Saved by Edward Bond
(Student Editions)

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Described by Edward Bond as 'almost irresponsibly optimistic', Saved is a play set in London in the sixties and reflects a time of social change. Its subject is the cultural poverty and frustration of a generation of young people on the dole and living on council estates. The play was first staged privately in November 1965 at the Royal Court Theatre for members of the English Stage Society at a time when plays were still censored. With its scenes of violence, including the stoning of a baby in its pram, Saved became a notorious play and a cause célèbre. It has since had a profound influence on a whole new generation of writers who emerged in the 1990s.

Commentary and notes by David Davis.


About Edward Bond

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Because of its pivotal scene, which involves the stoning to death of a baby by a gang of young toughs in a London park, Edward Bond's first major production, Saved (1965), was banned in its entirety by the Lord Chamberlain. In drawing attention to the plot, the censor drew attention away from the play's techniques. A distracting violence is still the center of Bond's works Early Morning (1968), The Sea ( ), and The Bundle (1978). Bond's violence is not simply an image of evil or crude dramatic shock. It is meant as something to come to terms with intellectually, or even-as in The Bundle-to be agreed to, as the price of effective action. In its obviousness, Bond's brutality challenges the audience to acknowledge its own hidden, structural ruthlessness. The playwright's ideas, however, often seem inadequately worked out and inadequately expressed in prefaces that share nothing of the vivacity and clarity of those of George Bernard Shaw. Bond has never lost touch with an impressive stiff poetry of the stage, which is most evident in Bingo, about Shakespeare's last days, and The Fool (1976), about the madness of the poet John Clare. Among Bond's more recent works are The Worlds (1979), and a trilogy, The War Plays (1985).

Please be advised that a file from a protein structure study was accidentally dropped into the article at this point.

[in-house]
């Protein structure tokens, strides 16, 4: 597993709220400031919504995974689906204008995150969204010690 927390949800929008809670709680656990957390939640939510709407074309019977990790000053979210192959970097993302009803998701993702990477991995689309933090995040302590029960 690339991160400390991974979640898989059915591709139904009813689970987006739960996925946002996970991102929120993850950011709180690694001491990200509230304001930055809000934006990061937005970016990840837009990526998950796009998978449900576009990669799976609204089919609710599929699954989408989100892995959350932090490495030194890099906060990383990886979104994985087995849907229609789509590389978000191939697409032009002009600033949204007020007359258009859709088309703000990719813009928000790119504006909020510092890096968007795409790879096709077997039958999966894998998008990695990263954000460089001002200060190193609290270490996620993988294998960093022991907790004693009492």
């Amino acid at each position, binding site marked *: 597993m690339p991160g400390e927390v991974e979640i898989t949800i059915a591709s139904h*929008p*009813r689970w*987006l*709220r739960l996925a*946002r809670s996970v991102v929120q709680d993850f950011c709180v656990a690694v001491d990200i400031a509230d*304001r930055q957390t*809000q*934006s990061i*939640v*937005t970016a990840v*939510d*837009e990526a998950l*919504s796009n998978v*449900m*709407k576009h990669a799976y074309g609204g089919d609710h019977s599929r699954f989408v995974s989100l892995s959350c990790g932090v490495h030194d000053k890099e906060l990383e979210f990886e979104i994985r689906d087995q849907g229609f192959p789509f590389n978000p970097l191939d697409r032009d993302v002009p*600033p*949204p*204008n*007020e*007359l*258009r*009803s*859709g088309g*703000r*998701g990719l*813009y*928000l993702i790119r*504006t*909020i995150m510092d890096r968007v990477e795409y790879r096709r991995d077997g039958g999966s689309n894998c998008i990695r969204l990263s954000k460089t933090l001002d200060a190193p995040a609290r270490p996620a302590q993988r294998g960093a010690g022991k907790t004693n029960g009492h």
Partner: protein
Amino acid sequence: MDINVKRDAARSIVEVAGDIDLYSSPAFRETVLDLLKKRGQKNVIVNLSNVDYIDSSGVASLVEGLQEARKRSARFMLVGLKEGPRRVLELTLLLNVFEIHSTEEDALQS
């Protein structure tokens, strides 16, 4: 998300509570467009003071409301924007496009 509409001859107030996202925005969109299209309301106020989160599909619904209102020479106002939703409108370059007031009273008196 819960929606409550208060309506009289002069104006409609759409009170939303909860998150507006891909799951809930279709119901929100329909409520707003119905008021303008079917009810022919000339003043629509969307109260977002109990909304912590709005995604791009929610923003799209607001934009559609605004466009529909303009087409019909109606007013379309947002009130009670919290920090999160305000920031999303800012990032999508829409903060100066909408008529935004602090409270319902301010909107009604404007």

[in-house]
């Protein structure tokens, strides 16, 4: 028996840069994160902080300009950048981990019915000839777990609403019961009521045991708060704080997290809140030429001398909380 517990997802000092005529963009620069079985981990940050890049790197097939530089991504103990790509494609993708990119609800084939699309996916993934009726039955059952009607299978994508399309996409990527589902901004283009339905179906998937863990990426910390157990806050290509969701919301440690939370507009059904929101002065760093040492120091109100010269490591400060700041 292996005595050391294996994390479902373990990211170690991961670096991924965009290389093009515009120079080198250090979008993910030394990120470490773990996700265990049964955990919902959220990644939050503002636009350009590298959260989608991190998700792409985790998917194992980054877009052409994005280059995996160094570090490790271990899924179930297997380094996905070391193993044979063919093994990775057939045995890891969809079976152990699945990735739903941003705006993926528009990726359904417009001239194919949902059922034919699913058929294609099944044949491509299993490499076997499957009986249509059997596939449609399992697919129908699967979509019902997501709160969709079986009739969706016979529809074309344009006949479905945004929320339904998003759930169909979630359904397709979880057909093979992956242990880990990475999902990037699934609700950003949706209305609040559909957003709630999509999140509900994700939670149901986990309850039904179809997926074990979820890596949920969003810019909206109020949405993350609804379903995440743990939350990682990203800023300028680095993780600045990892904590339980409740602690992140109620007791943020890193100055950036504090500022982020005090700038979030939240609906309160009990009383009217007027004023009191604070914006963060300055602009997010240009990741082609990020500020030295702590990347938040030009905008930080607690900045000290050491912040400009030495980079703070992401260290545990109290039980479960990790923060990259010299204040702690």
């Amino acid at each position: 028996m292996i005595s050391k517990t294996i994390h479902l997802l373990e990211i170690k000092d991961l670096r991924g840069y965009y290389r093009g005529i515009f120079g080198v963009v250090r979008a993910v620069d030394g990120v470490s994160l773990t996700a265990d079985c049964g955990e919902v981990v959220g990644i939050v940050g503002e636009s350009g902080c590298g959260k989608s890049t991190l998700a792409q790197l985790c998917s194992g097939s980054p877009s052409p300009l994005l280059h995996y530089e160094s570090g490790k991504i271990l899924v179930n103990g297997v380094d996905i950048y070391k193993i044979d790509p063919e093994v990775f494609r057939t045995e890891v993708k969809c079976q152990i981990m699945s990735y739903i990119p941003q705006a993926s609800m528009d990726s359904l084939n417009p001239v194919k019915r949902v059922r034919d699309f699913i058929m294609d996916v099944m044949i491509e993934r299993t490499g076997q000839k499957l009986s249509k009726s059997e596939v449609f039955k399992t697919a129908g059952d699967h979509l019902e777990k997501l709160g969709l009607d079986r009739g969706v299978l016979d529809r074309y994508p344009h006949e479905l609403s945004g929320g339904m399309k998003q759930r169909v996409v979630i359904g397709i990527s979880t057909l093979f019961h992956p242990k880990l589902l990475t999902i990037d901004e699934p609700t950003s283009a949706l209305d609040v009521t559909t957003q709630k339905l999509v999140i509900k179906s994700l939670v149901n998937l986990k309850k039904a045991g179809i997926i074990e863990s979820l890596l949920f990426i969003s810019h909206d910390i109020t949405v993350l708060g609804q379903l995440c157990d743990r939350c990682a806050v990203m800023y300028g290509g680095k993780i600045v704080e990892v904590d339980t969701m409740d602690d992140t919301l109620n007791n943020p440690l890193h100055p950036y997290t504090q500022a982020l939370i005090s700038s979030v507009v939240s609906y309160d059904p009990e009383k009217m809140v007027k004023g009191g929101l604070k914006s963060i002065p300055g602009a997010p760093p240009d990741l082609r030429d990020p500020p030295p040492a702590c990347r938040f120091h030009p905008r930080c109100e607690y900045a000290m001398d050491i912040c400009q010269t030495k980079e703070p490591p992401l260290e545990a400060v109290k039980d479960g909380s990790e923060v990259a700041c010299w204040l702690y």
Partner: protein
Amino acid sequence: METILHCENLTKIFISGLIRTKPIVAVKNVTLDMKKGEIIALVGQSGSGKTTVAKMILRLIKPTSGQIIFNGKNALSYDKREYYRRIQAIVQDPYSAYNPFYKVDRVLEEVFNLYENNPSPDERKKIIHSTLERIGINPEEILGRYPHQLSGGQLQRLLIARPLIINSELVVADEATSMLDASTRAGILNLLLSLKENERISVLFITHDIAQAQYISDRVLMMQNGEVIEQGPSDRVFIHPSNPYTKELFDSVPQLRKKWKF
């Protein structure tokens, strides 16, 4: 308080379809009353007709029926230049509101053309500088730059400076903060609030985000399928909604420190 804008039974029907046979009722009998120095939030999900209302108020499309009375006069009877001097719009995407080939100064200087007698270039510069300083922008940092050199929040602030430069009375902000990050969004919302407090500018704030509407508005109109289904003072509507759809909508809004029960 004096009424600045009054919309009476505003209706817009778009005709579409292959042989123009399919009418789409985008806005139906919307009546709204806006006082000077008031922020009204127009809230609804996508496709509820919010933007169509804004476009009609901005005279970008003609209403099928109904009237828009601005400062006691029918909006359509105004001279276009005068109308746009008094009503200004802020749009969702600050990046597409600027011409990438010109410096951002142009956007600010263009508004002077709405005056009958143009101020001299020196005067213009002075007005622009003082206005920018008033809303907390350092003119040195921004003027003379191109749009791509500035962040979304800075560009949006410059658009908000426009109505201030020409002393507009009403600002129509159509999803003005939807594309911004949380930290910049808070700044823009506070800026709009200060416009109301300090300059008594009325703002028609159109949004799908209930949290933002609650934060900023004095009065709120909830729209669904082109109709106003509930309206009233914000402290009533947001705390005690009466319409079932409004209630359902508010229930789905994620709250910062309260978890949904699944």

Published April 5, 2013 by Bloomsbury Methuen Drama. 176 pages
Genres: Education & Reference, Arts & Photography, Literature & Fiction. Non-fiction

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The Guardian

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I have no idea what the dominant flavour of turducken is, and I'm not sure I'd ever want to find out, but the dominant flavour of Winder's book is Bond, James Bond.

Jul 07 2006 | Read Full Review of Saved (Student Editions)

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